In succession to the poets Song Sun and Hwang Jin-I, Yi Hwang(1501-1570) composed Do-San-Sip-I-Gok(The Twelve Songs of Do-Mountain). This fact has a considerable meaning in the progress of Korean literary history. As the Buddhistic poet Gyun Yeo(923-973) had composed Bo-Hyeon-Sip-Weon-Ga in the form of the national poetry Hyang-Ga at his time, the Confucianistic poet Yi Hwang composed his poem Do-San-Sip-I-Gok in the form of Si-Jo. And as the Gyun Yeo had written his poem on the basis of Buddhism, so the Confucian Yi Hwang, according to the Confucianism, wrote his poem. First of all Yi Hwang`s concerns for Korean language was a notable one. For this was an expression of independent spirit which was promoted after the creation of Korean alphabet.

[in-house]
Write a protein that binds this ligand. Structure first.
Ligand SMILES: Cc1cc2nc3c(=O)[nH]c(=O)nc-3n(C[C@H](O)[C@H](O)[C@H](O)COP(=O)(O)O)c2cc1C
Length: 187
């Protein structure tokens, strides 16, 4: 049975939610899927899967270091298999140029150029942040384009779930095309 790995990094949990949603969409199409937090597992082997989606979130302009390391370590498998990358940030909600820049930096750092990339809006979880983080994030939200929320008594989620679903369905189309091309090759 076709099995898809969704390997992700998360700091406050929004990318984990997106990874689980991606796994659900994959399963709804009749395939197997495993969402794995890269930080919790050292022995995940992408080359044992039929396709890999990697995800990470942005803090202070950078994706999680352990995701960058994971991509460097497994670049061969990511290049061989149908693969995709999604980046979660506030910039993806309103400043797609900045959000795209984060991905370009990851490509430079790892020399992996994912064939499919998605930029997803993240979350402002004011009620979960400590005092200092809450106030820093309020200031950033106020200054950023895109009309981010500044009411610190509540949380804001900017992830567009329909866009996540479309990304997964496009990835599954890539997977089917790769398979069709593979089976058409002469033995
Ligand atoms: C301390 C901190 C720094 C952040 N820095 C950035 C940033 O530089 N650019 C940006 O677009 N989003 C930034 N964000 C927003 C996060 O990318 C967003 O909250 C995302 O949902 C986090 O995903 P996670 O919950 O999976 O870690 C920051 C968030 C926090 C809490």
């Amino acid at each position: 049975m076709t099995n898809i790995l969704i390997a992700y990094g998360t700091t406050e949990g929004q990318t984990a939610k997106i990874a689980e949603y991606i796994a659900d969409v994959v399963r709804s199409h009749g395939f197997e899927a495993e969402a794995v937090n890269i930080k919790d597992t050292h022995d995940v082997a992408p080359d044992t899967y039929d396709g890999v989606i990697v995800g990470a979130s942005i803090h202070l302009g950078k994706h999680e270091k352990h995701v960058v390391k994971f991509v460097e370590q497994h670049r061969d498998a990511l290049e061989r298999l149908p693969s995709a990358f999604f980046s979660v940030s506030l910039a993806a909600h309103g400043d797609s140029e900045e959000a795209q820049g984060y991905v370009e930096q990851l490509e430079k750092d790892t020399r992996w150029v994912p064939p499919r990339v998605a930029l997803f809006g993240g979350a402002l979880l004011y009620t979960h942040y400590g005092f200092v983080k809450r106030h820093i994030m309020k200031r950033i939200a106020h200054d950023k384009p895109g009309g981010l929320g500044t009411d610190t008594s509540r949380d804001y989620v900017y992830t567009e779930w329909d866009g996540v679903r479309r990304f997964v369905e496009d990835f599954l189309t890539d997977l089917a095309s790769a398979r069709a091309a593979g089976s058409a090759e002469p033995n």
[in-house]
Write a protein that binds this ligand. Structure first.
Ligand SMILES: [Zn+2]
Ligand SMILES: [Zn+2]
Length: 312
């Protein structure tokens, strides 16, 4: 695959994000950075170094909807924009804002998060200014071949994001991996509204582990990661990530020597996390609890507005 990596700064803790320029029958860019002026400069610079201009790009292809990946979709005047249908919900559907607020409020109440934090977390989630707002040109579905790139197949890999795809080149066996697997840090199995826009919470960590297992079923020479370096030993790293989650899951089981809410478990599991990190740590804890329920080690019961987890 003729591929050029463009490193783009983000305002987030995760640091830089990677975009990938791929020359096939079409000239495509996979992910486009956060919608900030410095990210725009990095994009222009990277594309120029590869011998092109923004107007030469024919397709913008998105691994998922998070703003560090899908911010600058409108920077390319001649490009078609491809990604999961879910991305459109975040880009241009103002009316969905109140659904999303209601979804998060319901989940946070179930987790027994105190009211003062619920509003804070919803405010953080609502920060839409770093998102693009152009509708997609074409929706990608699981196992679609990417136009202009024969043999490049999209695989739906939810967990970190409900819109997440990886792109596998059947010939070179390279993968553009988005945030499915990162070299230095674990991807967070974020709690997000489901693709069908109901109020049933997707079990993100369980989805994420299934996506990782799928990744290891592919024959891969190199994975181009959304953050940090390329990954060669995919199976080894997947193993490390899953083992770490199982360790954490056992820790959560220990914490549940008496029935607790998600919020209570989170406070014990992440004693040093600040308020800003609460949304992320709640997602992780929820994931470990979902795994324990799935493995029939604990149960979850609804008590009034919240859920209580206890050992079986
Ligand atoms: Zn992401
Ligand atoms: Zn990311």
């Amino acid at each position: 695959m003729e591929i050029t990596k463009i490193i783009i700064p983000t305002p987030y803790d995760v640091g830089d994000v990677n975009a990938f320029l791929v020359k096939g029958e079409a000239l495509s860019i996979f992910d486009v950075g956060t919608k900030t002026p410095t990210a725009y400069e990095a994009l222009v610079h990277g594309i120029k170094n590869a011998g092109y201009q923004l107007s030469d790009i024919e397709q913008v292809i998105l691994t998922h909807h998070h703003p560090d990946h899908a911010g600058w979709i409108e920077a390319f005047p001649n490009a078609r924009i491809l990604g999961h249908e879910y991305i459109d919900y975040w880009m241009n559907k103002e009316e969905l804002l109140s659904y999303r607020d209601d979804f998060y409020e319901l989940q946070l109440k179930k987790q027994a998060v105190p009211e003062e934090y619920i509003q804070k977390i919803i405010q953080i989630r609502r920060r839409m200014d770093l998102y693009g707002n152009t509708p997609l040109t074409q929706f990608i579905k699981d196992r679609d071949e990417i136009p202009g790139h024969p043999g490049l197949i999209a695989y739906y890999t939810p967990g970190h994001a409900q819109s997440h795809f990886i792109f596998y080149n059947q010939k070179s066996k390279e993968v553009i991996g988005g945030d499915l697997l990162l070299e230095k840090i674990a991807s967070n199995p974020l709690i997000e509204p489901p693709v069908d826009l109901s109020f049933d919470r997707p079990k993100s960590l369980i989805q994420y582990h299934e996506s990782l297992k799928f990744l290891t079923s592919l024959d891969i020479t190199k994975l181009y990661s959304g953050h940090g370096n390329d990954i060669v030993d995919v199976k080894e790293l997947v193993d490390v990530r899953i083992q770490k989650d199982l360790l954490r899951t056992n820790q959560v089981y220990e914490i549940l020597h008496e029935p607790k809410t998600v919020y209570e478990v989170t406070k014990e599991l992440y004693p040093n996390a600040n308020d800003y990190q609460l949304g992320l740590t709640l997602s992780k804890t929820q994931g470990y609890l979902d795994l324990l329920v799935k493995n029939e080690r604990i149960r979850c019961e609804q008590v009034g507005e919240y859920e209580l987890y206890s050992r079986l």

And it is noteworthy that Yi Hwang introduced a new method of philosophic poetry which had been widely favored in the Sung dynasty. That is, even the meanings of ordenary things and usual objects selected in the poems are transfigured as the Confucianistics. Therefore the poetic possility of Korean figurative language was, in result, enlarged and deepend. Though Yi Hwang`s poetics might be connected with the Chinese philosophical one, the poem Do-San- Sip-I-Gok is not a plagiary. The poem Do-San-Sip-I-Gok composed in Korean native language is the fine example of success in utilizing a new poetic method.